Last month in “Gore at leisure” we excerpted Al Gore’s New York Times review of a new book on global warming by Ross Gelbspan. Gore wrote:
In this new book, Gelbspan focuses his toughest language by far on the coal and oil industries. After documenting the largely successful efforts of companies like ExxonMobil to paralyze the policy process, confuse the American people and cynically ”reposition global warming as theory rather than fact,” as one strategy paper put it, he concludes that ”what began as a normal business response by the fossil fuel lobby — denial and delay — has now attained the status of a crime against humanity.”
I wouldn’t have said it quite that way, but I’m glad he does, and his exposition of the facts certainly seems to support his charge.
We noted how unhinged Gore seems even in a book review written at leisure for an audience of readers. In another part of the review that we ignored, Gore carried on in his usual style criticizing the Bush administration for its abandonment of the Kyoto Protocol on global warming. Now comes hizzoner Edward I. Koch in a letter to the editor of the Times Book Review with a bit of the relevant history:
In his review of Ross Gelbspan’s ”Boiling Point” (Aug. 15), former Vice President Al Gore called it a ”blend of passionate advocacy and lucid analysis” of global warming. Gelbspan’s book criticizes the Bush administration, documenting its efforts to ” ‘demolish the diplomatic foundations’ of the international agreement known as the Kyoto Protocol.”
Gore writes, ”The Kyoto Protocol (which may soon become legally effective if Russia ratifies it, even though the United States has not) has been criticized by many, including Gelbspan, for not going nearly far enough.”
Gore has taken on the job of educating the American public on global warming and regularly denounces the Bush administration for not ratifying the protocol. Gore has allies in this endeavor, including Senator Edward M. Kennedy and Senator John Kerry. The leading lights of the Democratic party all end up on the TV programs of Charlie Rose, Tim Russert or Larry King, savaging the Bush administration on this issue.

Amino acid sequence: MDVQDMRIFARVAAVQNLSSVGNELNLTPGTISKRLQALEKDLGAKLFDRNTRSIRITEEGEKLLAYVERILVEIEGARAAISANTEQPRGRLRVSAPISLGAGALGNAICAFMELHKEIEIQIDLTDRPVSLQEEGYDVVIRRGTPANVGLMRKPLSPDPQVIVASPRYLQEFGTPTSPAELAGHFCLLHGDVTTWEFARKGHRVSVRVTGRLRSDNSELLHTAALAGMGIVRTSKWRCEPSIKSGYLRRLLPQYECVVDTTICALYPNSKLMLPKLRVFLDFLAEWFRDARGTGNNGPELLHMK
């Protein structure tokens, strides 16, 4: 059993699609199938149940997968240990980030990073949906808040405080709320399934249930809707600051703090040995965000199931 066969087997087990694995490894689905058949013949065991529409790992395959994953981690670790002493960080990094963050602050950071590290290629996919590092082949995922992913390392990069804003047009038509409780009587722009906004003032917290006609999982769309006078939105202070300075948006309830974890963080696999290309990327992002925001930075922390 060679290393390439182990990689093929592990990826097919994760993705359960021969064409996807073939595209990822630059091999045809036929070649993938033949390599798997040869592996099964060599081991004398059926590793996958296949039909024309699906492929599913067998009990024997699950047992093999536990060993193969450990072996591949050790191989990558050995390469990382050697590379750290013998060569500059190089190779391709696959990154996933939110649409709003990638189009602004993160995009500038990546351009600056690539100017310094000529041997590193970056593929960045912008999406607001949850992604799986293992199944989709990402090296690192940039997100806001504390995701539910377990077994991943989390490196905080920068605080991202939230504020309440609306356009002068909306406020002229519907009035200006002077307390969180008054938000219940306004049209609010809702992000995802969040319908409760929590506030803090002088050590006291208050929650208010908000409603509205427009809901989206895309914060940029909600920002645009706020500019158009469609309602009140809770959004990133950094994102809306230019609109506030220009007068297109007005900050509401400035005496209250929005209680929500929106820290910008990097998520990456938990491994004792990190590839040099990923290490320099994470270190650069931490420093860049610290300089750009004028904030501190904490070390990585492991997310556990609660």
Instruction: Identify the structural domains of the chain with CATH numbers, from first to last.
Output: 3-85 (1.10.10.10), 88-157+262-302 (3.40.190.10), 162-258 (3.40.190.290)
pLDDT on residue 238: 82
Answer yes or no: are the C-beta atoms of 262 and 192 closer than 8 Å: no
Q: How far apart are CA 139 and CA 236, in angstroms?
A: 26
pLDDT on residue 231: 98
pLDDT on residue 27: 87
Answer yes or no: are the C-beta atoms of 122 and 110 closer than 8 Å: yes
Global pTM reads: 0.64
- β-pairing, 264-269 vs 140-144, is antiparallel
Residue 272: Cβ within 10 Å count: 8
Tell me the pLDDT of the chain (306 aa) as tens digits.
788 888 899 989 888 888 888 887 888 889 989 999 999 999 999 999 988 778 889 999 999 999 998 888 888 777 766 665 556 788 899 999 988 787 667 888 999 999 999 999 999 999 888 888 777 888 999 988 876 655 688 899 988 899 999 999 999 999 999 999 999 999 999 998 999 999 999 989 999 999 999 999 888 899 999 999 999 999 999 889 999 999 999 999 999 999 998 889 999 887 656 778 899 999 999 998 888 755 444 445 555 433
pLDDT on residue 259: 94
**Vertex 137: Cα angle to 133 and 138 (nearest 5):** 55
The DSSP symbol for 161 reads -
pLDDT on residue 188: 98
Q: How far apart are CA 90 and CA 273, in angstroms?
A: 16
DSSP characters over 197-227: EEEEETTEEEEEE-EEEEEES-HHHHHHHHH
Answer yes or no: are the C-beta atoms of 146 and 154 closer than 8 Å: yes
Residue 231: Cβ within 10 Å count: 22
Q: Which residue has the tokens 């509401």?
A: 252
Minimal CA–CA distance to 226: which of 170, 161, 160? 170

When I see their self-righteous spouting on this issue I am reminded of Joseph Welch’s admonition to Senator McCarthy: ”Have you no sense of decency?”
Here are the facts. On July 25, 1997, John Kerry and Ted Kennedy, along with 93 other senators (with five senators not voting and none voting in opposition) adopted a resolution stating that ”the United States should not be a signatory to any protocol to, or other agreement regarding, the United Nations Framework Convention on Climate Change of 1992, at negotiations in Kyoto.”
Shouldn’t someone who has held the office of vice president of the United States and who has sought the presidency disclose the facts, even when reviewing a book? The reason that Gore’s name is not found with the 95 others is that as vice president presiding over the Senate, he could not cast a vote unless there was a tie. On the Kyoto vote the result was 95 to 0 against the treaty.
In his response to Koch’s letter (also in the link above), Gore simply refuses to acknowlege the comprehensive rejection of Kyoto articulated in the Senate resolution:
The ”Sense of the Senate” resolution that Ed Koch refers to actually took place five months before the Kyoto Protocol was even written, and was aimed at providing guidance to the negotiators on general principles. During the political give-and-take over its wording, that resolution was eventually stated so broadly that even the strongest supporters of a tough treaty ended up supporting it. Indeed, the author of the resolution, Senator Robert Byrd, has publicly criticized the subsequent misrepresentation of its meaning by opponents of Kyoto.
According to Gore, the “guidance” unanimously provided by the United States Senate “not to be a signatory to any protocol” was “stated so broadly” that it did not extend to the protocol that was produced in Kyoto. (Click here for the text of the Senate resolution.) We join Mayor Koch in lamenting Al Gore’s lack of decency, but Gore’s review and Gore’s response to Koch’s letter betray Gore’s deficiencies in a few other departments as well.